With over a billion Muslims in the world, it would be naive to think that every single one of them looks forward to a month which brings with it so many challenges. Yet to say you don’t enjoy Ramadan is still something of a taboo. After all, Ramadan is supposed to be a month of blessings, a God given opportunity to wipe the slate clean and renew your spiritual batteries. That doesn't mean you’re going to feel enthusiastic about it at all times though. All Muslims have thought at one time or another, ‘Urgh! I really don’t feel like fasting today,’ or wished that they could just fast forward to sunset because they've got a thumping headache!
These issues require us to take off the rose-tinted glasses of Ramadan for a moment and delve a little deeper.
Although Ramadan is intended to be a time when families, friends and communities come together, it can also lead to feelings of loneliness if you don’t have anyone to share it with. This is common when people don't have a family or are separated from them for some reason; they live in a neighbourhood where there‘s just the odd sprinkling of Muslims; or they are new Muslims feeling lost in an unfamiliar environment.
Meanwhile, other individuals who may have difficulties during Ramadan include those who find fasting particularly uncomfortable, people who have demanding jobs, and perhaps those with hectic schedules who feel stressed by the added workload which Ramadan often brings. There are also those who cannot participate in fasting, for a variety of reasons, and consequently feel as though they’re disconnected from the ‘Ramadan experience.’
All of these factors may result in a sense of detachment from fellow Muslims and make it difficult to contemplate the spiritual aspect of Ramadan. But if such a substantial number of Muslims are affected by these difficulties, why do so many keep their feelings to themselves?
One reason could be social acceptance; no one wants to go against the tide of people counting down to Ramadan and posting ‘yay! Ramadan is coming’ statuses everywhere. The more pressing factor however is more likely to be guilt. This feeling often comes in one of three forms: guilt that you’re not fasting (despite a perfectly valid reason not to), guilt that you’re not enjoying what is intended to be a joyous time, or guilt that you're lacking the motivation to do anything particularly productive or spiritual.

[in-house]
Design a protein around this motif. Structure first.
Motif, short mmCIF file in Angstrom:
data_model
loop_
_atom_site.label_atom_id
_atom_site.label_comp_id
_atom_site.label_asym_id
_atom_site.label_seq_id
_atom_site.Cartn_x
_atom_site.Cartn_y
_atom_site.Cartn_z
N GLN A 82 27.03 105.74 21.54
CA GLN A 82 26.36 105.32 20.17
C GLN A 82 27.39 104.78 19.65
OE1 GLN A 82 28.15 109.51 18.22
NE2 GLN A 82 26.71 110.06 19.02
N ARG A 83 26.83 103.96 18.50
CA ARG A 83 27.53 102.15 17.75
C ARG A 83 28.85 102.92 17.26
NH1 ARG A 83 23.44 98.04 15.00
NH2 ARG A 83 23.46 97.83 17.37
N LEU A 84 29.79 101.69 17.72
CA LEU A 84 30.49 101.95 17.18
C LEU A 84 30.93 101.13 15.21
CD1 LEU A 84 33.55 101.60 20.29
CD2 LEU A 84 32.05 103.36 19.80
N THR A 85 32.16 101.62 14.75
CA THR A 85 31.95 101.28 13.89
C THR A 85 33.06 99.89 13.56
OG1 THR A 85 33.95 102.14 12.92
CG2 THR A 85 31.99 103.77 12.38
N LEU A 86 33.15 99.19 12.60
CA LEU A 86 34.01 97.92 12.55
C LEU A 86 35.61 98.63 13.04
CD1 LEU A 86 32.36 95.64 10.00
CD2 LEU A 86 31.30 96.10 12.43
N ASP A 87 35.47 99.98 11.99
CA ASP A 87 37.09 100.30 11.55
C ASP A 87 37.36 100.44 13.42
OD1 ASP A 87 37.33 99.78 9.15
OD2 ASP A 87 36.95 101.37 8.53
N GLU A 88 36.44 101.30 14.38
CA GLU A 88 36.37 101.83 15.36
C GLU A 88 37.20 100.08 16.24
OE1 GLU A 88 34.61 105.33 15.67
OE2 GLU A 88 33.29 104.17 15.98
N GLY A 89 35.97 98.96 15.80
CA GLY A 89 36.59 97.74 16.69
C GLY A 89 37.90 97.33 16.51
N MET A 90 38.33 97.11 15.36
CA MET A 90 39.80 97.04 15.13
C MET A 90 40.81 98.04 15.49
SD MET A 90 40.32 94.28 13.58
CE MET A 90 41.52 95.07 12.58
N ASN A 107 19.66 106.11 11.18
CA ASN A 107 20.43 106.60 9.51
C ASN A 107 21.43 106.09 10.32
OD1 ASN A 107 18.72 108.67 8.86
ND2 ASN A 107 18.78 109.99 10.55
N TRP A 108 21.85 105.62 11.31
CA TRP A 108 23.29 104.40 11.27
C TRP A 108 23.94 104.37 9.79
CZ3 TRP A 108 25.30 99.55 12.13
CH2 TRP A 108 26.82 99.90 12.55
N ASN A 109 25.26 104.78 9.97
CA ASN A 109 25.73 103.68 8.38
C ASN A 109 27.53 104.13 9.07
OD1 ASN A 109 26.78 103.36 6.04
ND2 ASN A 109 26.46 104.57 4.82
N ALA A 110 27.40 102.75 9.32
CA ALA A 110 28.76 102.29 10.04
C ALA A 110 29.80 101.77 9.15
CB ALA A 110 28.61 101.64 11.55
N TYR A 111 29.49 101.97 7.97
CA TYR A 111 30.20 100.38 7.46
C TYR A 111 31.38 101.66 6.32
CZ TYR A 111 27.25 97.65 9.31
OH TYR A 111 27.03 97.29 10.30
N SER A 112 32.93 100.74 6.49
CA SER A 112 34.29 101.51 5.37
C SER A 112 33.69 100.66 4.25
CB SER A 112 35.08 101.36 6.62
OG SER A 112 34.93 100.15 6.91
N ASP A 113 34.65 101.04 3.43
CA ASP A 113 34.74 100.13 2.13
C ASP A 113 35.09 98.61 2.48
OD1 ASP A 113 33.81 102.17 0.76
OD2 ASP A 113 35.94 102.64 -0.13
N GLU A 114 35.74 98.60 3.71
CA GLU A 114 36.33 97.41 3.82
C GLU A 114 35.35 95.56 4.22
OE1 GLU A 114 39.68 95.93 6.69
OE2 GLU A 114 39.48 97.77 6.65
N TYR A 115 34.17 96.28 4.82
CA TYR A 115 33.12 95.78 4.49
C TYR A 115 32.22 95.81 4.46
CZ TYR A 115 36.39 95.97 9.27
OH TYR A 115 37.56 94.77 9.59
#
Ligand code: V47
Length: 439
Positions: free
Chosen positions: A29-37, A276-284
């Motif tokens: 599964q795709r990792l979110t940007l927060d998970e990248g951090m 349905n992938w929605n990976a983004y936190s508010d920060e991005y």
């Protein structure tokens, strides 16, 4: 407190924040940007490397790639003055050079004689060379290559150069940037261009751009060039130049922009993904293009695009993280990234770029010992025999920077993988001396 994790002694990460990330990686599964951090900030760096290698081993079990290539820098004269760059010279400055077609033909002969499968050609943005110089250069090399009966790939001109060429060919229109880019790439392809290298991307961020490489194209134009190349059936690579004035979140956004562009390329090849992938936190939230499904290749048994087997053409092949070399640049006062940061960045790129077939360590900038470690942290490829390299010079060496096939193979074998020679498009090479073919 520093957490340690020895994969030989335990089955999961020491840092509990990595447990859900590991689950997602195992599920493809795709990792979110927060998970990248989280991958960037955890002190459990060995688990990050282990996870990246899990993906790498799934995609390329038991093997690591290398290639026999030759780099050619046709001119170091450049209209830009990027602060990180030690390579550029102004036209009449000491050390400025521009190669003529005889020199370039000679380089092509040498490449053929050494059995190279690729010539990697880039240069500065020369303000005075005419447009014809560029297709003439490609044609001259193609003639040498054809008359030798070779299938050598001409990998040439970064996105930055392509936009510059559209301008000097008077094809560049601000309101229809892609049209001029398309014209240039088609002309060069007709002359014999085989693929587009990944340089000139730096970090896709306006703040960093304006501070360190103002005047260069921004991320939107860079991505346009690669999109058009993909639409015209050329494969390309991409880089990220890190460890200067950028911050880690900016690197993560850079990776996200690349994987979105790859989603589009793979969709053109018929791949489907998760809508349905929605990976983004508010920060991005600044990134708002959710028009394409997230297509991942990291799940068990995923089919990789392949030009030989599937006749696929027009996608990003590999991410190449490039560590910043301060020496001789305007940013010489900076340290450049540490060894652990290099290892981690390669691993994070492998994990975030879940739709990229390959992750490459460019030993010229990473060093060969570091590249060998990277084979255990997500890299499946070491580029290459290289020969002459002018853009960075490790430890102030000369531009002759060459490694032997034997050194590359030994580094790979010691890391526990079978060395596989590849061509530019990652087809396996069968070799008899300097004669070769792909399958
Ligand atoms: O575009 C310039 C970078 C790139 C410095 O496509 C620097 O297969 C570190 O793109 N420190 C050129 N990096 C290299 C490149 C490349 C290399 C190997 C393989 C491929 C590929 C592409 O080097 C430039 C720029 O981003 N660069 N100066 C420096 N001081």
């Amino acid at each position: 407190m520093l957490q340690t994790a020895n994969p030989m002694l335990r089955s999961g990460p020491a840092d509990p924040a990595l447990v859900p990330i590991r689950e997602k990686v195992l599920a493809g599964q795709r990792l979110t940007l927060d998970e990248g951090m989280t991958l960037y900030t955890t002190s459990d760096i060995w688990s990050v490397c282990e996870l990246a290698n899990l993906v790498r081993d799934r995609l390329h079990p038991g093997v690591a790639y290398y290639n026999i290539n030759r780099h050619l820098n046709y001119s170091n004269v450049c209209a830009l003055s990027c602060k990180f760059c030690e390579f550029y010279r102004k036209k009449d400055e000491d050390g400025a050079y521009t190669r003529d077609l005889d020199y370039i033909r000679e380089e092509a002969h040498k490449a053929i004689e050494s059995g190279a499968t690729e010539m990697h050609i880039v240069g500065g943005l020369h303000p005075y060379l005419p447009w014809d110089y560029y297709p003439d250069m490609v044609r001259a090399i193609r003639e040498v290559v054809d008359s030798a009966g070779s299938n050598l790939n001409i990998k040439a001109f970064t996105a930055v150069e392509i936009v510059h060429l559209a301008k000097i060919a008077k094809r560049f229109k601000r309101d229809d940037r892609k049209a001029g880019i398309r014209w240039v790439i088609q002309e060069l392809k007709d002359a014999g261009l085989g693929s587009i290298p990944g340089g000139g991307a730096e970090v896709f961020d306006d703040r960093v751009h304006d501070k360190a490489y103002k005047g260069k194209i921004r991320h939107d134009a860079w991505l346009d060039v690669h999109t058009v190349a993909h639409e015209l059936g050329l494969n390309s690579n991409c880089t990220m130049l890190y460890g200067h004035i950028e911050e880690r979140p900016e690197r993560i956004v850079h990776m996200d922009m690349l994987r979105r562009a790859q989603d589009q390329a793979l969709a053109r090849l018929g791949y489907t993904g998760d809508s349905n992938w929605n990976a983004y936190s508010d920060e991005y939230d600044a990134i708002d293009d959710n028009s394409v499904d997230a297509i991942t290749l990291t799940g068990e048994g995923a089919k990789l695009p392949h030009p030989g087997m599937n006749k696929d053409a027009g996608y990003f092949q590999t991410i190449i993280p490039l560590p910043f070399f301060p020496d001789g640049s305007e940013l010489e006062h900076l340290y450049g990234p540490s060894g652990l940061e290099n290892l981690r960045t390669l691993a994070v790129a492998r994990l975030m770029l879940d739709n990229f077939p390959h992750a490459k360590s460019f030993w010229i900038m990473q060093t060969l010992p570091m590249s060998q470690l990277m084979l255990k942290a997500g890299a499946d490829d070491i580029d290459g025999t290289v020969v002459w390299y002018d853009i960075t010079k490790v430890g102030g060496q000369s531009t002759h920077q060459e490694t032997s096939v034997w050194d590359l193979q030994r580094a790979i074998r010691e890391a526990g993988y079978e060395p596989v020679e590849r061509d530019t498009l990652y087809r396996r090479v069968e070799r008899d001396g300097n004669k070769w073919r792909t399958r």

All three scenarios tend to leave the person feeling heavy-hearted and more likely to be discouraged from doing other positive activities, like reading, sharing with others and contemplating the spiritual aspect of Ramadan. People laden with guilt tend to enter a downward-spiraling guilt cycle which is tricky to pull yourself out of.
Acknowledging that we all enter Ramadan at different stages in our personal and spiritual lives is essential. We are all presented with challenges along the way which are unique to each of us. For individuals who find Ramadan a gruelling struggle, getting through the month of fasting without giving up is surely just as significant as someone who gets through the Koran twice. Perhaps overcoming these negative feelings or a lack of motivation is their particular challenge for the month. In the end, it's all about intention and Allah knows our intentions, personal situations and where we are in our faith so we don't need to worry about proving ourselves to others. It's between you and God.
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One of the main reasons for feeling disconnected in Ramadan is being unable to fast. You may not be able to fast for a variety of reasons: maternal matters (pregnancy, breastfeeding), menstruation, or on medical grounds (i.e. chronic conditions or sudden illness).
But remember, you can take comfort in this: both fasting and refraining from fasting (due to necessity) are tests of humility. In the Psalms, for instance, David fasted in order to humble himself before God and ask forgiveness for his Bathsheba misdemeanors. Yet at the same time, it’s also a humbling act to accept God’s mercy and refrain from fasting because you are physically unable to. There are exceptions to the obligation to fast for a reason; God doesn't want our lives to be hard. Accepting God's mercy when we are unable to do something humbles us before God and keeps our ego in check.
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Mariam at [Insert Witty Title Here] shares her thoughts on the times when we cannot fast.
With their usually warmth and humour, Nye Armstrong and Rebecca Minor tackle the issue of not fasting during Ramadan in their video: Can't Pray or Fast During Ramadan? (Nye's infectious giggle will make your day!)
SuhaibWebb's article Closed Doors and Open Eyes: Spirituality for the Non-Fasting addresses issues relating specifically to women during Ramadan, offers practical, do-able advice, and suggests that:
"In order for us to find a sense of spirituality during this time, we may need to amend our way of thinking about it, and perhaps even the paradigm we construct about worship and spirituality as a whole."
Meanwhile, Muslim Matters have provided many useful articles, including: A Women’s Guide to Spirituality in Ramadan during Menstruation and Postnatal Bleeding
& What I Learned About Fasting From Not Fasting
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Over to you!
What do you do when you're unable to fast?
Or if you're a non-Muslim, how do you connect with God in your daily life?
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